Monday, December 23, 2013

Common Core Kindergarten: Write Several Sentences

Common Core Kindergarten: Write Several Sentences

New standards bring big changes for Mississippi students

By  Dec 22, 2013

This is insanity. First grade is for teaching writing. When do kindergarteners learn how to write several sentences??

This short of raised expectations is just crazy. Why not just give them algebra??? This is like my kid's kindergarten homework when they were supposed to READ colors y-e-l-l-o-w. When were kindergarteners supposed to enter already knowing how to read? 

McNeese, who has taught elementary school for 19 years, says the standards have raised expectations for her students. In the past, for instance, kindergarteners were expected to draw a picture and write a single sentence explaining the picture. Under Common Core, they are expected to write several sentences about a specific topic and draw a picture that reflects what they wrote. Instead of spending between 15 and 30 minutes on writing each day, McNeese’s students now write for more than an hour throughout the day. In math, her students will be expected to count to 100 by the end of this year instead of 20 (the requirement under the old standards).

Oh no, there's more

  1. PDF]

    Ideas and Content Kindergarten Use pictures and print to convey ...

    (Bold—tested year). Ideas and Content. Kindergarten. Use pictures and print to convey meaning. First. Write several sentences to a multi-page story about a  ...

  2. Marion Elementary - Mrs. Phillips' Kindergarten

    Mrs. Phillips' Kindergarten - Recent Activity (RSS Feed) ... Our goal is for students to be able to write several sentences using " kindergarten spelling" to sound  ...
  3. WritingPosted: Thursday, September 12
    We are starting to write sentences.  We write each day in class.  Our goal is for students to be able to write several sentences using " kindergarten spelling" to sound out each word.  Parents can help by having their child write about what they have read each night.

  • CCSS.ELA-Literacy.W.K.1 Use a combination of drawing, dictating, and writing to compose opinion pieces in which they tell a reader the topic or the name of the book they are writing about and state an opinion or preference about the topic or book (e.g., My favorite book is...).
The following writing standards represent what states* typically specify as kindergarten benchmarks in writing proficiency:
Kindergarten: The Writing Process
In kindergarten, students are introduced to the writing process through shared writing activities, in which the teacher writes a story and students contribute to it orally. The writing process is also taught through interactive writing activities, in which students and the teacher compose text together. In kindergarten, students are taught to use each phase of the writing process as follows:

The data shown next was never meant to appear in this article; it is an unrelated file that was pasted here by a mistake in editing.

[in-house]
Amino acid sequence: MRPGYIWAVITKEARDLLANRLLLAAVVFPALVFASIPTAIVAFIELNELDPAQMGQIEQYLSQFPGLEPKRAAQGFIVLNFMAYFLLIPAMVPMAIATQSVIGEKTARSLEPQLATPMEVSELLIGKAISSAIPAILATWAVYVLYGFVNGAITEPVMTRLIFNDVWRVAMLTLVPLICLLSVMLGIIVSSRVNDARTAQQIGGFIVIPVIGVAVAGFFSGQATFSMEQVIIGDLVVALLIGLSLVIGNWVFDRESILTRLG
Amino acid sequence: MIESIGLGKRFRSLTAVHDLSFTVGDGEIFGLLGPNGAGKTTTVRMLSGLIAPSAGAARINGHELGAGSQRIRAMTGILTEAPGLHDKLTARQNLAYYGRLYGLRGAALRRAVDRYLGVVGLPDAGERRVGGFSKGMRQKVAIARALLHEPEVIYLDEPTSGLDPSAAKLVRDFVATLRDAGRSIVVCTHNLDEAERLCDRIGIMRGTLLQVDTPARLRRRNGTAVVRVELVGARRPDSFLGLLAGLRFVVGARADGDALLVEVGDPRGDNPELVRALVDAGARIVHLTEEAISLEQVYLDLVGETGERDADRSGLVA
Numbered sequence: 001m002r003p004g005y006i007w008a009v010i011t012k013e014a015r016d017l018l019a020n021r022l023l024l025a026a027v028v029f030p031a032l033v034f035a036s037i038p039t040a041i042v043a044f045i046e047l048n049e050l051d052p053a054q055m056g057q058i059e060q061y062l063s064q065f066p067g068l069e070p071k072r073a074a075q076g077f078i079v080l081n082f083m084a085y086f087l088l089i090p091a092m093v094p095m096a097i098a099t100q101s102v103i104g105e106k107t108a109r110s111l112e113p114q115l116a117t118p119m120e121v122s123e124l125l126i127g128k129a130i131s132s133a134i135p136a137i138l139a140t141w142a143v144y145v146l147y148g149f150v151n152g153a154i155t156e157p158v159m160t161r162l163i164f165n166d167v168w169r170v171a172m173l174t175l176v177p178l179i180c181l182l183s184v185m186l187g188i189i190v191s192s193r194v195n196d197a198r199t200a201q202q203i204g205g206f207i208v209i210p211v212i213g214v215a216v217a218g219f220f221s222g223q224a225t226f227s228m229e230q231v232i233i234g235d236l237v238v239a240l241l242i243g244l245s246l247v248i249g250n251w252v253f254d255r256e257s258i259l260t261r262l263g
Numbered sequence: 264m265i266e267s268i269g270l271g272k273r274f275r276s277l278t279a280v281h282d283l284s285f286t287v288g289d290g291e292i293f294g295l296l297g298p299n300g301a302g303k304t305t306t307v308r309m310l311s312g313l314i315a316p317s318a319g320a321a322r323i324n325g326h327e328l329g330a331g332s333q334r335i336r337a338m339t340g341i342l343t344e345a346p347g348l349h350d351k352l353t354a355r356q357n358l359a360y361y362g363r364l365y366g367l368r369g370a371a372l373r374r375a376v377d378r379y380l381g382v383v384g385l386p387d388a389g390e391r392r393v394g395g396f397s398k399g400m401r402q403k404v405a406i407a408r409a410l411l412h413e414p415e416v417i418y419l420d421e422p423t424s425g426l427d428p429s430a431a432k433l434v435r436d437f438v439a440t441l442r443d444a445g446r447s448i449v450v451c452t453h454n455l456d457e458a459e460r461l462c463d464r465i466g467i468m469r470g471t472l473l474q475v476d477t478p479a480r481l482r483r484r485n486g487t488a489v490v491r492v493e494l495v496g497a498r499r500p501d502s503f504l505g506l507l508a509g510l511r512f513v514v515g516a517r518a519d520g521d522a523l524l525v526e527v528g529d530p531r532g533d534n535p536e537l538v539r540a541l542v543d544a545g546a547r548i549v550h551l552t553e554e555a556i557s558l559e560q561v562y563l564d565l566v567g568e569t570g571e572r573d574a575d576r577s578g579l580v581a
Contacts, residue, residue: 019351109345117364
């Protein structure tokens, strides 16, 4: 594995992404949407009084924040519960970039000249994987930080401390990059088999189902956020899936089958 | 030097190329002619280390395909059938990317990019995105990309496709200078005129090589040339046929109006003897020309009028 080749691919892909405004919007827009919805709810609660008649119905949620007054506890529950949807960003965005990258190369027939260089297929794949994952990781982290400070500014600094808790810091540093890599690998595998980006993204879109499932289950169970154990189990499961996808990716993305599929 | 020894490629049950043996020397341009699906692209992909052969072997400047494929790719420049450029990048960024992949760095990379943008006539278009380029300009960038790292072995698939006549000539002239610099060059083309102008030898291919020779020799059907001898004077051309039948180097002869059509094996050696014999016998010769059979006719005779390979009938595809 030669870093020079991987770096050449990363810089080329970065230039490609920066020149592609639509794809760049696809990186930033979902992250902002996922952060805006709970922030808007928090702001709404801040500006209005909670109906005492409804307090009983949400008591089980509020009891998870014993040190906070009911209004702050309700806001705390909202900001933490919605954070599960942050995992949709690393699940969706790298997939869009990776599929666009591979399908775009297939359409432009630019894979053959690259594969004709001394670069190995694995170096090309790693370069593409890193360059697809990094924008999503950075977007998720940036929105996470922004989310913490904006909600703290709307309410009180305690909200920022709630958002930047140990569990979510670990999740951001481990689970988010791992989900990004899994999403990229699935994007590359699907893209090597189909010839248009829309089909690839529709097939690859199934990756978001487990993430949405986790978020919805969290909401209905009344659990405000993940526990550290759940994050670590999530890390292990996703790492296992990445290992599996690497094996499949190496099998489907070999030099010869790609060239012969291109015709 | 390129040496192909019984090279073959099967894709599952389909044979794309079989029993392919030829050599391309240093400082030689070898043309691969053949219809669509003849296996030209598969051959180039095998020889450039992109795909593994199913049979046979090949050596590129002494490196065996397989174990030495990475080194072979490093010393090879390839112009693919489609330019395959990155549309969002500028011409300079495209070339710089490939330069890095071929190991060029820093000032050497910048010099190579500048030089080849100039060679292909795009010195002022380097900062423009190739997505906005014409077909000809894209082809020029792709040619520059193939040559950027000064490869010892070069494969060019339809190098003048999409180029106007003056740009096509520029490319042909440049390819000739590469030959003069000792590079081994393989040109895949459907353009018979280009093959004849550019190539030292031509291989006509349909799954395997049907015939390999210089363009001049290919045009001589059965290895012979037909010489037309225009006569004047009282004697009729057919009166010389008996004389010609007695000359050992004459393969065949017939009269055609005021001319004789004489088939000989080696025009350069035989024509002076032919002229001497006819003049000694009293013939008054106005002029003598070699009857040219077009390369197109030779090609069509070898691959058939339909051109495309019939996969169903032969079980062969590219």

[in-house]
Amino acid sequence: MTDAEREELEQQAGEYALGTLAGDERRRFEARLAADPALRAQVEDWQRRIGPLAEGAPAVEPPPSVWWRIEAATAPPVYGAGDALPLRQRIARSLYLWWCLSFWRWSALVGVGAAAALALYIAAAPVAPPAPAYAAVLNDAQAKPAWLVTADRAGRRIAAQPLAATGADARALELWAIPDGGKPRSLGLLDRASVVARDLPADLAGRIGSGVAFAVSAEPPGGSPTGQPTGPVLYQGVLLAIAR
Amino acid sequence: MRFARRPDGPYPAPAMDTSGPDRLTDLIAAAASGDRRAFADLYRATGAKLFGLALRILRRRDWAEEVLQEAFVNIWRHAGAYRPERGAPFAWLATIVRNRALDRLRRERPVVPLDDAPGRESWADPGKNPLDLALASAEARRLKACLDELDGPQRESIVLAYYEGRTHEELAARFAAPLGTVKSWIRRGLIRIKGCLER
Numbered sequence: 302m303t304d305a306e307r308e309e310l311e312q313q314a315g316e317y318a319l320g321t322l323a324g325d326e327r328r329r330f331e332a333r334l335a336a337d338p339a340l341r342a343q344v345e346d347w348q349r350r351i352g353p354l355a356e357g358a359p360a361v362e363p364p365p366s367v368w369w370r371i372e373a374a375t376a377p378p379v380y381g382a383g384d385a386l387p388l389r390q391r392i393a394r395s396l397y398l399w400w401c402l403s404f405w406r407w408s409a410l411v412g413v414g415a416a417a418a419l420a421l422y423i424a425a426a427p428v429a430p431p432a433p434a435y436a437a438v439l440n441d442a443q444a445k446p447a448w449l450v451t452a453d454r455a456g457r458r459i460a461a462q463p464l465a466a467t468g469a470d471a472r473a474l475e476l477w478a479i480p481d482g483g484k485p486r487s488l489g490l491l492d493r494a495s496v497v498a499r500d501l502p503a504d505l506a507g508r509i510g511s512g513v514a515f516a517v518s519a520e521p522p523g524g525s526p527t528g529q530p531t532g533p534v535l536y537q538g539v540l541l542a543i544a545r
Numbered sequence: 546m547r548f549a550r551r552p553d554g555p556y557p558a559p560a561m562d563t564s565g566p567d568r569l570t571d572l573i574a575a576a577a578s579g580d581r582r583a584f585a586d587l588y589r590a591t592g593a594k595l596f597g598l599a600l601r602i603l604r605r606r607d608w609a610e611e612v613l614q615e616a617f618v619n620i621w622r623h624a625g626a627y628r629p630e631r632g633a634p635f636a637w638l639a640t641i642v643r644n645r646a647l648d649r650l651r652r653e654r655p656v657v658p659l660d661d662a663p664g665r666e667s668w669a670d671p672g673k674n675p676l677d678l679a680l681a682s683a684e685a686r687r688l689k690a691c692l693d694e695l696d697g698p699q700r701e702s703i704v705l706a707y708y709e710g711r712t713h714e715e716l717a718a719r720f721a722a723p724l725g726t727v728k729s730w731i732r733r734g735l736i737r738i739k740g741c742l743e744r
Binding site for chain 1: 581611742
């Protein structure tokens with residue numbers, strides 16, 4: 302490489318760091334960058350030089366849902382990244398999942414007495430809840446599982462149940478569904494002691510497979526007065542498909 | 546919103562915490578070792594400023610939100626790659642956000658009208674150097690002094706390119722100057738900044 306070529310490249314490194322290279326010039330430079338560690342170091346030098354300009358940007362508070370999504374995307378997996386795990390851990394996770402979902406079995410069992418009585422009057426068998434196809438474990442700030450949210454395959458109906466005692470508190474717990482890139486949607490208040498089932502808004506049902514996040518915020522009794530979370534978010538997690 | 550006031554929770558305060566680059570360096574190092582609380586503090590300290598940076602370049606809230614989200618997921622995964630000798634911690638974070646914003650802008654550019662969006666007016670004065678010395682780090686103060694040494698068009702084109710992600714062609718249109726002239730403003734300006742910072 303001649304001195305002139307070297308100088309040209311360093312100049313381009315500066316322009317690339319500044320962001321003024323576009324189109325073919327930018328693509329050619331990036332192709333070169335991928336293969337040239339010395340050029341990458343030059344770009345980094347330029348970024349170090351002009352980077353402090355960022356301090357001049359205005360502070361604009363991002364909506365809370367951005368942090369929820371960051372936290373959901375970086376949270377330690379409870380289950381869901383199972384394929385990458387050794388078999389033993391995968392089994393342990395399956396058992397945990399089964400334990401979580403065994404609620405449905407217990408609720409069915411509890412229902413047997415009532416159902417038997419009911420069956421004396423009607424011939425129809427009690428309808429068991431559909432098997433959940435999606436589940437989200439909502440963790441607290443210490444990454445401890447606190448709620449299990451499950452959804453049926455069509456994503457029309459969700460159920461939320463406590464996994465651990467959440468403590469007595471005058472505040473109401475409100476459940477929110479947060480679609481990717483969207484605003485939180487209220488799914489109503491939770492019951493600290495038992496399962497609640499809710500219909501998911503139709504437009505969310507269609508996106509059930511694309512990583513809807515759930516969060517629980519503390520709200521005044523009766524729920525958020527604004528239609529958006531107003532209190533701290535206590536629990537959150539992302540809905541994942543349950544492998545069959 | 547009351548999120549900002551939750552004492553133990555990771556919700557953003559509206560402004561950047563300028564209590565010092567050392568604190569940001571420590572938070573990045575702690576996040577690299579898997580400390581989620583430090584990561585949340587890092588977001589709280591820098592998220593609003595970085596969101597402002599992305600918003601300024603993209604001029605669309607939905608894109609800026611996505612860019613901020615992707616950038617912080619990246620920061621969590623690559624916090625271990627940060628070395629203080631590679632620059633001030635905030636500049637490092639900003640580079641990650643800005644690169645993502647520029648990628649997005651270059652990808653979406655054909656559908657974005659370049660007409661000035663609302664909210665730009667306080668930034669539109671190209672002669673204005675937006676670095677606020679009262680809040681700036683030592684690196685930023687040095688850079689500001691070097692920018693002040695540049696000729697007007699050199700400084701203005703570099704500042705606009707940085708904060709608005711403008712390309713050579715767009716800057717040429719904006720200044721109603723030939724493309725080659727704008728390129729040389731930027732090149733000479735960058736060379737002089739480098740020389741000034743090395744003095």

• Prewriting: Students generate ideas for writing through class discussion and by drawing pictures about their ideas for self-selected and assigned topics.
  • Drafting: Students participate in drafting writing by drawing, telling, or writing about a familiar experience, topic or story, and by creating a group draft, scripted by the teacher.
  • Revising: Students participate in revising the draft for clarity and effectiveness, by adding additional details to the draft and checking for logical thinking with prompting from the teacher.
  • Editing: Students participate in correcting the draft for standard language conventions according to their level of development.
  • Publishing: Students participate in producing, illustrating, and sharing a finished piece of writing.

Use of technology: Kindergarten students may use available technology to compose text.
Kindergarten: Writing Purposes
Kindergartners are introduced to different types of writing in a variety of ways. Teachers read aloud from children’s literature and discuss each author’s purpose with the class. Students also learn the different reasons for writing through simple writing activities. Lessons usually center on a shared writing activity, with the teacher acting as a scribe. As students learn, they progress from drawing pictures and writing individual letters to writing short sentences that tell a story or describe their experiences. Specifically, writing standards stipulate that kindergarten students will:
  • Participate in writing simple stories, poems, rhymes, or song lyrics.
  • Dictate messages for others to write, such as a thank-you note.
  • Write labels, notes, and captions for illustrations, possessions, and charts for classroom activities, such as a science project.
  • Write to record ideas and reflections, such as keeping a personal journal.
  • Create narratives by drawing and/or using emergent writing.
  • Draw simple map of the classroom.
Use letters and phonetically spelled words to write about experiences, stories, people, objects, or events.
—Write words and brief sentences that are legible.
—Write his/her own first and last name and other important words.
—Use end punctuation, including periods, question marks, and exclamation points.
—Capitalize letters to begin “important words.”
—Spell simple words independently by using pre-phonetic knowledge, sounds of the alphabet, and knowledge of letter names.
—Write consonant-vowel-consonant words (“cat”).
—Print uppercase and lowercase letters of the alphabet and recognize the difference between the two.


All of these writing samples are from kindergarten students, some from half day classes, some from full day programs.

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